After the experience of being confined to a different set of restrictions, this World Freedom Day Ketaki Desai shares an experience that changed her perspective of gender.
The concept of associating with a specific gender is not new to anyone. From the time we are born, whether it is our name or our upbringing, to the time we get older, whether it is the duties expected of us, or the sudden onset of our menstrual cycle, we are reminded time and again of our gender. It is in the books we read, the movies we watch, the campaign ads we see, the news we follow, it is the way of life and it surrounds us all the time.
I have come to realize that whether we ascribe to that gender, however, is completely in our control.
I grew up in India, in a small middle-class joint family, we were 14 people living in a two-bedroom apartment in Mumbai. I spent my adolescent years in the Middle East, Oman, and UAE. When I was in high school, we moved back to India, this time around to Pune and I left for the United States after completing my Engineering degree. After getting a double graduate degree, a PhD in Biomedical Sciences, and a MS in Public Management, I started working at a boutique consulting firm in New York.
I was hired to lead this company’s Education Technology practice and as soon as I joined, I was selected to lead a billion-dollar project. We were part of three different consulting groups working together to achieve one goal and no one knew how to work well together without competing for additional work. Within the first month, our lack of collaboration was apparent, the project had gotten nowhere. The CEOs/EVPs of the different groups decided to come together to figure out a game plan for moving forward. As the lead for the entire project, I was invited to that meeting.
For the first 30 mins, there was back and forth from each Executive on how best to move ahead from their perspective. At some point, I decided I had heard enough, no one was getting to the crux of the matter, which was that we weren’t collaborating and working against each other. I spoke up. Everyone in the room went silent and listened to what I had to say. They agreed that my perspective, as the boots on the ground, made sense and discussed the plan based on my recommendation.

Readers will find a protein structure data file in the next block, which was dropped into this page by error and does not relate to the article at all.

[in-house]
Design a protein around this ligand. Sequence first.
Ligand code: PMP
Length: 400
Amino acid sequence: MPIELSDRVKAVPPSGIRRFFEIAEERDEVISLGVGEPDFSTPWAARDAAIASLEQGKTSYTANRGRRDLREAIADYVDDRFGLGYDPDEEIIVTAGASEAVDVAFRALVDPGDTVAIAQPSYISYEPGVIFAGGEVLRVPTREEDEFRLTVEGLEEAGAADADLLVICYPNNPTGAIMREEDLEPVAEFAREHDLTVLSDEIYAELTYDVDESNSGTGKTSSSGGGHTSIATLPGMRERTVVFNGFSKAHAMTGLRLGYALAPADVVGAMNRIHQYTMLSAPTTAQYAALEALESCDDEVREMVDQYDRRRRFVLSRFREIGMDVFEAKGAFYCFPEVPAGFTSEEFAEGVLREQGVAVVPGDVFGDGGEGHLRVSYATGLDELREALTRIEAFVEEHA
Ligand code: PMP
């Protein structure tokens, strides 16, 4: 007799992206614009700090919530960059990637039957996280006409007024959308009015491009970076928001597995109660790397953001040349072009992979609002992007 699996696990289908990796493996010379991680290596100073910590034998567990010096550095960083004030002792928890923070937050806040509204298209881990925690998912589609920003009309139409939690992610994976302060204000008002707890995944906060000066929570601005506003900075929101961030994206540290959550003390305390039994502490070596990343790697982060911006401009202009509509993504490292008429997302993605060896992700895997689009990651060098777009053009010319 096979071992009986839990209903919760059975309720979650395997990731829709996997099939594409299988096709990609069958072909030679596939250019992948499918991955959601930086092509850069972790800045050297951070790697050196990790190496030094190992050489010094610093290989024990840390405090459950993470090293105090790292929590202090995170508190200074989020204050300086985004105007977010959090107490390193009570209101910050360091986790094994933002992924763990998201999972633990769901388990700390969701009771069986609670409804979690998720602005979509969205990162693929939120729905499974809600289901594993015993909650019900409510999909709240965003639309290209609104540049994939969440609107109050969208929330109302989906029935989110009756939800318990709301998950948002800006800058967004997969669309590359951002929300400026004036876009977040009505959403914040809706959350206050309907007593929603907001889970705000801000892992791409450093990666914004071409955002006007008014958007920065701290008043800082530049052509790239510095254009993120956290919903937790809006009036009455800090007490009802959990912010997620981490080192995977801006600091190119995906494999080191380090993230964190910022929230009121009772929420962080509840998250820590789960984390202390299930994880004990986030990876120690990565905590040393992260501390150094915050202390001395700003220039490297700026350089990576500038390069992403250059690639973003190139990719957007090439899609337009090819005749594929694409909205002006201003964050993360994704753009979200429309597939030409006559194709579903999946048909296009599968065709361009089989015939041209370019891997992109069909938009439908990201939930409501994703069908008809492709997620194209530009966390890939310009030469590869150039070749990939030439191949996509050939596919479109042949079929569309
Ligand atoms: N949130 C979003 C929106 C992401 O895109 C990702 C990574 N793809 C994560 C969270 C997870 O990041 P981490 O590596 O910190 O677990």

As I was walking back to our office with my CEO, he pointed out something very interesting, which I had completely missed. He pointed out that not only was I the only woman in the room, but I was also years younger than most of the executives. It was an “A-ha!” moment for me, because I realzied that I had never thought of myself as a gender and, hence, never ascribed to myself any of the qualities society ascribes to a gender. I had always thought of myself as a person first, and hence, never felt weaker or lesser than anyone else.
It was then that I realized that one of the biggest reasons for where I am today, and everything I have achieved so far, was because I learned at a very young age to liberate myself from the shackles of the norms associated with a gender. While my overall upbringing played a significant role in that, I attribute it single-handedly to the way that both my parents raised me and my brother; never considering me any less or him any more because of our genders. And that sense of self-confidence stayed with me in more ways than I can imagine.
So all you parents out there raising young girls, remember that you have the power to influence how your daughter thinks and feels about herself, and shows up in situations, for the rest of her life!
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